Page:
Dr. Robert Gersuny – an Austrian physician – developed the use of paraffin injections for breast augmentation in the 1890s. Complications were numerous, lead by a high infection rate, effectively killing the procedure by World War I. By the 1920s and 1930s some surgeons attempted transplanting fat from the buttocks or abdomen to the breast, but found that it was quickly resorbed by the body resulting in unsightly lumps and bumps with scars left at both the implant and donor sites. Surgical methods were abandoned during the mid 1940s and medical journals suggested the use of external prostheses made of sponge rubber – essentially hi-tech bra stuffing. Other physicians interested in increasing the density of breast tissue itself prescribed estrogen injections – a procedure not without complications for the results offered. Pictured: Dr. Robert Gersuny
Even without offering anything substantive towards breast augmentation, cosmetic surgery found itself at a crossroads during the 1940s and 1950s. The collective conscience of America was torn between increasing breast size and remaining “true” to one’s body. Celluloid and magazines were littered with images of Lana Turner and Ava Gardner, pushing the “new look,” and women wanted what they had. Breasts that defied gravity, full sweaters, bathing suit fashions and Playboy magazine all took their turns at making their mark on American culture. Surgeons attempted the fat graft again without much success while the manufacture of “falsies” became a multimillion dollar industry. During this period, Robert Alan Franklyn, a Hollywood surgeon began to implant surgifoam in women’s breasts – a cousin of polyurethane. Other surgeons were using a similar material called Ivalon. After the initial honeymoon period, women began to complain of hardening, and a 25% decrease in size from the initial breast size gained post-operatively. Surgifoam and Ivalon – known as “sponges” in the popular media – lost favor, but the idea persisted. Pictured: Actress Lana Turner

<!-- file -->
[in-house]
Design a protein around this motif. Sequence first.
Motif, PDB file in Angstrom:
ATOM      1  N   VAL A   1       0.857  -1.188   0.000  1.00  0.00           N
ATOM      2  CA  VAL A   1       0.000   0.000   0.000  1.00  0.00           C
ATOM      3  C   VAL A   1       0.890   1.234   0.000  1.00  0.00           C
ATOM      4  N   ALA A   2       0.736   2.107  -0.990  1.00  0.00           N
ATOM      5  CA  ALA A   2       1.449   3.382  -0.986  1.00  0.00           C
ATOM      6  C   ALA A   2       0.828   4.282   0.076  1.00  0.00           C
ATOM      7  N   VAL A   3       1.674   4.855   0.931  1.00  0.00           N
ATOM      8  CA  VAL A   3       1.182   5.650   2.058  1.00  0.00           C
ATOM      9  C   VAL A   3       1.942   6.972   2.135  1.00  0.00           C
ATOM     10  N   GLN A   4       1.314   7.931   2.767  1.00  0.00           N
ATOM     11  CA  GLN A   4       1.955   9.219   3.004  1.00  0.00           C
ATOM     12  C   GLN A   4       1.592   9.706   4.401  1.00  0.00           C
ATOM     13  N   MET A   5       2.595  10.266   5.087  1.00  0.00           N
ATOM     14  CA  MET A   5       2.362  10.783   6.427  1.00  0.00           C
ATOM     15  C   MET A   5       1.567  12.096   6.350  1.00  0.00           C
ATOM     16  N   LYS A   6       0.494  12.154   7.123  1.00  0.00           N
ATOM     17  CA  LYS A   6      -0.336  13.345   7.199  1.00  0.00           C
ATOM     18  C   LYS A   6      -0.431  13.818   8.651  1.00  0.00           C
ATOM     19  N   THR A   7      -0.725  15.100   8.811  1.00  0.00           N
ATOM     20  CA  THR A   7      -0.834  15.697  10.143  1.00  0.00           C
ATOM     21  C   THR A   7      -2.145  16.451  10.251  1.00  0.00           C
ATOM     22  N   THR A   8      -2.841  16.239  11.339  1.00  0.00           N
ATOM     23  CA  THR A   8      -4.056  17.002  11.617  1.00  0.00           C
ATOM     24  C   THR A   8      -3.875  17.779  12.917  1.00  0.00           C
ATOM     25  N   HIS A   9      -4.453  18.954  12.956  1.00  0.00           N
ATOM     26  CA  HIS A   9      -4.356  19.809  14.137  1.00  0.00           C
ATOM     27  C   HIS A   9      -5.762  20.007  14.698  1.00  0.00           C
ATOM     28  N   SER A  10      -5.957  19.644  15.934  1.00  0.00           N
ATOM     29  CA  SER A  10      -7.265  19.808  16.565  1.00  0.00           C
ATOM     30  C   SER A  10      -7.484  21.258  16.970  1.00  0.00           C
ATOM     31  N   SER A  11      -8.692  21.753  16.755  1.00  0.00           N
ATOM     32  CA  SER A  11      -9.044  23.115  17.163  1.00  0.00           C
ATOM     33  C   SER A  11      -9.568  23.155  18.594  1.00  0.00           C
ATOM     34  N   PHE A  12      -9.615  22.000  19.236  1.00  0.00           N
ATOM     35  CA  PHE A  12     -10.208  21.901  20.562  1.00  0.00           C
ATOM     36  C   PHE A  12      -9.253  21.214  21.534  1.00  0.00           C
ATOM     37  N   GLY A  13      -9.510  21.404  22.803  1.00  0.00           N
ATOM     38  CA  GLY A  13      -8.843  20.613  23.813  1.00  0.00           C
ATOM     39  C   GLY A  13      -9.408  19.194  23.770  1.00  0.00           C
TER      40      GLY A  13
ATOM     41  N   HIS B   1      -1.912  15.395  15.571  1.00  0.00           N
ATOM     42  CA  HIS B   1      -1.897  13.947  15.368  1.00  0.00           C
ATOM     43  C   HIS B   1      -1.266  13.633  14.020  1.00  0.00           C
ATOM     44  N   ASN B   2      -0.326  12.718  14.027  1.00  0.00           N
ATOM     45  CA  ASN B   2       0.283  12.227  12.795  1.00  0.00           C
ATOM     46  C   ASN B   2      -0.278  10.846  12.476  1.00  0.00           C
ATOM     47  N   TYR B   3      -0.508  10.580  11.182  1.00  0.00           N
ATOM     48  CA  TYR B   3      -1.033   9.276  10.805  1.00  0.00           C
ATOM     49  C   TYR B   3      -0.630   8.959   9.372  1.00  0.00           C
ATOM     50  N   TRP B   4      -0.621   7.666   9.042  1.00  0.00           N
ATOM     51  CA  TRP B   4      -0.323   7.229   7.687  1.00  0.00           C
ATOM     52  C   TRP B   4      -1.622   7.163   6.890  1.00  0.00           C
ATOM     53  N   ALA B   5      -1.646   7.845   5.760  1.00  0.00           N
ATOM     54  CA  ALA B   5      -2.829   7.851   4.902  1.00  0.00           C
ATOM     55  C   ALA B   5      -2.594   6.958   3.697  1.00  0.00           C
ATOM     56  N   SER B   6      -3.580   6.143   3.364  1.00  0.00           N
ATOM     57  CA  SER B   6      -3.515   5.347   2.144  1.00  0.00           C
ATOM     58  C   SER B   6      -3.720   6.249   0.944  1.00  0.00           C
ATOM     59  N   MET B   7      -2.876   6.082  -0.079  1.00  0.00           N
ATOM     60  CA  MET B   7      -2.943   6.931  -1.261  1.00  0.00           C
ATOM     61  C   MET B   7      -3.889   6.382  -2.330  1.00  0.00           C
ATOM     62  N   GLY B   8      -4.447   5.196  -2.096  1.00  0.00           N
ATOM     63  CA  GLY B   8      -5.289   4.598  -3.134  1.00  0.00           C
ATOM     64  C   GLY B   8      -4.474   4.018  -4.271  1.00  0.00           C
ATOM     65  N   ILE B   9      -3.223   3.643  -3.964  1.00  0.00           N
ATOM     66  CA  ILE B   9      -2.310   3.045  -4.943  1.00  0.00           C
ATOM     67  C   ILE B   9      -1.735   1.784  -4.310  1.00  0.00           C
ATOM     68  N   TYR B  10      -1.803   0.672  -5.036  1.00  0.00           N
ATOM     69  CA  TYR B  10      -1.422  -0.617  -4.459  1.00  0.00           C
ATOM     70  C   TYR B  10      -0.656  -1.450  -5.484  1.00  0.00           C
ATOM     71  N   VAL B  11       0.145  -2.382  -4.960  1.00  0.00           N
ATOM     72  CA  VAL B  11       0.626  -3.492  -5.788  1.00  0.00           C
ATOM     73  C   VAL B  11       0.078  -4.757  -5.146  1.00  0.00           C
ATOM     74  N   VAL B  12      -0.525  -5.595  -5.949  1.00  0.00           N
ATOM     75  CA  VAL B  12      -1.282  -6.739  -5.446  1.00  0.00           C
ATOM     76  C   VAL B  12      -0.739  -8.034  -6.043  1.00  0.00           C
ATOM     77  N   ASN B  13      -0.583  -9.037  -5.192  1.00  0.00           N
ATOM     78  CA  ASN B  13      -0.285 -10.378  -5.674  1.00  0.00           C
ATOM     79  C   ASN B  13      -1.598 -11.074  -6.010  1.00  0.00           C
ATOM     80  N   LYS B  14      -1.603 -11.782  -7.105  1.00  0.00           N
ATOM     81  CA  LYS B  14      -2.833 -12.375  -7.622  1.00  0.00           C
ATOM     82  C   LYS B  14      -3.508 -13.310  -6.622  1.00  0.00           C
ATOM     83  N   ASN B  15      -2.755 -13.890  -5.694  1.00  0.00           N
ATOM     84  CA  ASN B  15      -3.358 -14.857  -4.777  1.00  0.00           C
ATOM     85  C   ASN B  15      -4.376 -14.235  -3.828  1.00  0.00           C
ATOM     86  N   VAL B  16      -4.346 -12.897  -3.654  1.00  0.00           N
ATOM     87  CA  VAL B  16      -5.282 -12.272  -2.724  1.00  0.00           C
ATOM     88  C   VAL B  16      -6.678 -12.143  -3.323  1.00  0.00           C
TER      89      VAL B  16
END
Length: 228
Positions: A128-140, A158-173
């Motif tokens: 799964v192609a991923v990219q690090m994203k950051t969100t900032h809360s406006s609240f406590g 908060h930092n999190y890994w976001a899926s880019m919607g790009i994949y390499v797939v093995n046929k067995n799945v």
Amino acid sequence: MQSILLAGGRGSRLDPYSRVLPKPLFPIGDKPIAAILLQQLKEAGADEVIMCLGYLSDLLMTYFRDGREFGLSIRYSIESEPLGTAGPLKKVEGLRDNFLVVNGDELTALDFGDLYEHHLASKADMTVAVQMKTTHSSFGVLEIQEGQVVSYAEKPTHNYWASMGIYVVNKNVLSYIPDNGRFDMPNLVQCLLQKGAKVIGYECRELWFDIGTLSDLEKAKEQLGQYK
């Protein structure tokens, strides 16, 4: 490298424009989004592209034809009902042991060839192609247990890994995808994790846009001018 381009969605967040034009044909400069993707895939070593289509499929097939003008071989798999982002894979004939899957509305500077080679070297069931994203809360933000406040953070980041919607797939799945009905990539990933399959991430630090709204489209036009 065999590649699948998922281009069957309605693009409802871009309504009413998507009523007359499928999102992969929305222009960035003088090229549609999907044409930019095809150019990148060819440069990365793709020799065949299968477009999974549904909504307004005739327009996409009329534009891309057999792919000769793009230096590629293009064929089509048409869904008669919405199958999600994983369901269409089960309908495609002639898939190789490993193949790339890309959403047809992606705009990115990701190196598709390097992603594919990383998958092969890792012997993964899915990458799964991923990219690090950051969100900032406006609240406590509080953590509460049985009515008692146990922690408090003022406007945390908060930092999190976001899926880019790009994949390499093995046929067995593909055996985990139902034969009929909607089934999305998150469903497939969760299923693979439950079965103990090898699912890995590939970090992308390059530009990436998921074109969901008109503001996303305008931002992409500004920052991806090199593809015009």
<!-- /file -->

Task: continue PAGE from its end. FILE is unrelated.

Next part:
While augmentation surgery evolved, the underground practice of silicone injections was becoming popular. In 1943 the Corning Glass Works company joined with the Dow Chemical Company to form the Dow Corning Corporation and they pioneered the development of silicone as an engine lubricant that was resistant to high temperatures. Considered an inert material that could be easily sterilized, Japanese cosmetologists injected the liquid directly into women’s breasts – and the “procedure” became so popular that silicone became difficult to find. One story from the time suggests that silicone became so scarce, crates were stolen off docks for injection into Japanese prostitutes. Stateside, the procedure was popular with showgirls and dancers, but complications such as discoloration and infection were soon being documented. Medical grade silicone became regulated and limited to a very small study, inaugurating the underground practice of injecting industrial grade silicone. Pictured: San Francisco showgirl and stripper Carol Doda who had weekly silicone injections for years.